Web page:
### In a Monoid, if an element is left and right invertible, then it is invertible.

Proof: By hypothesis we have

$$ a b = ca = 1 $$

hence we have

$$ b = cab = c$$

therefore $a$ is invertible.

*Definition*: In a Rng $A$, $z$ is called left(right) quasi-regular if there exists an element $z’$ such that $z’o z \equiv z’+z-z’z = 0\;(z o z’=0 )$.

If A is a Monoid, actually, $z$ is called left(right) quasi-regular if and only if $1-z$ is left invertible.

### In a Rng, if $z’oz = 0$ and $z’’oz’ = 0$ then $z’’=z$, thus both $z$ and $z’$ are quasi-regular.

Proof: It is obvious right in a Monoid. Some trick occur while proving it.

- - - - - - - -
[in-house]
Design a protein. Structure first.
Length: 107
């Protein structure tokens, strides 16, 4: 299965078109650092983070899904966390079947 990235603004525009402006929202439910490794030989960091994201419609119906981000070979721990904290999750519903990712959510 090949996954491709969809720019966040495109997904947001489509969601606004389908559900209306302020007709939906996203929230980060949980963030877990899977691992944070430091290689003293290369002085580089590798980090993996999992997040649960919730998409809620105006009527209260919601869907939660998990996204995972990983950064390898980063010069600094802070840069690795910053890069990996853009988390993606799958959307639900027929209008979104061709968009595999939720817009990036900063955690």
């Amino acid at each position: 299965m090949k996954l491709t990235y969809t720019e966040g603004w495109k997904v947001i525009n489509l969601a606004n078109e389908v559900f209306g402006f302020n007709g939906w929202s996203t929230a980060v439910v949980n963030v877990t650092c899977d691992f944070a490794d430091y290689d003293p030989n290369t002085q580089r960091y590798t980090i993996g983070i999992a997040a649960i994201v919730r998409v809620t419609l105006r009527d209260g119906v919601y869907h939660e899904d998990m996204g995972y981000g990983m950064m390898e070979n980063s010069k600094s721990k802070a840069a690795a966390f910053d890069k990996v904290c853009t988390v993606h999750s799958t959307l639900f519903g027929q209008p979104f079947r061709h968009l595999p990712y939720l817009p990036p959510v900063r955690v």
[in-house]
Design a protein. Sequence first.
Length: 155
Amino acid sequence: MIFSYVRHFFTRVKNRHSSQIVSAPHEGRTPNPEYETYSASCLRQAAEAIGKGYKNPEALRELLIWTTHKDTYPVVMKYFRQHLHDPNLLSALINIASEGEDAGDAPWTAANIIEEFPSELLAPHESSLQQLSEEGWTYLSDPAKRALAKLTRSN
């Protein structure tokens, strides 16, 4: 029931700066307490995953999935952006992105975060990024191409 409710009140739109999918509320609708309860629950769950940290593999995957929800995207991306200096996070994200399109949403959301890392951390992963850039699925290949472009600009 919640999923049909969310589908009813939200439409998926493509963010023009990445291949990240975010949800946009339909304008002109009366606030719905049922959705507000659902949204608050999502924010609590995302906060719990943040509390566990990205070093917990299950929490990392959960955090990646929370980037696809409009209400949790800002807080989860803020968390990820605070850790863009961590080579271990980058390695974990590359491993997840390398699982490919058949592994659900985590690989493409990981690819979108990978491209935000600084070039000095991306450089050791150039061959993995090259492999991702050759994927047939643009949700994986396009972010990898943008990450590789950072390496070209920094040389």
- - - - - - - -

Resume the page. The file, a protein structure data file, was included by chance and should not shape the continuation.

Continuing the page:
$$ z’’ = z’’z’-z’ = z’’(z’z-z)-z’ = (z’’z’-z’’)z-z’=z’z-z = z $$

end the proof.

### In a Ring,$1-az$ is invertible if and only if $1-za$ is invertible.

Proof: In fact, we have

$$ (1-az)^{-1} = 1+a(1-za)^{-1}z$$

### In a Ring $M$, $z \in M$. If $\forall a \in M,\; 1-az$ is left invertible, then $1-az$ is invertible,so is $1-za$ why foregoing conclusion.

Proof: $\forall a \in M$,$1-az$ is left invertible.thus there exists $1-y$ such that

$$ (1-y)(1-az) = 1 $$

hence $y = (ya-a)z$ is left invertible.

Hence by forgoing conclusion $1-az$ is invertible,and so is $1-za$.

Note that:

```
A Monoid is a a set which is closed under an associative multiplication and contains an identity element.
```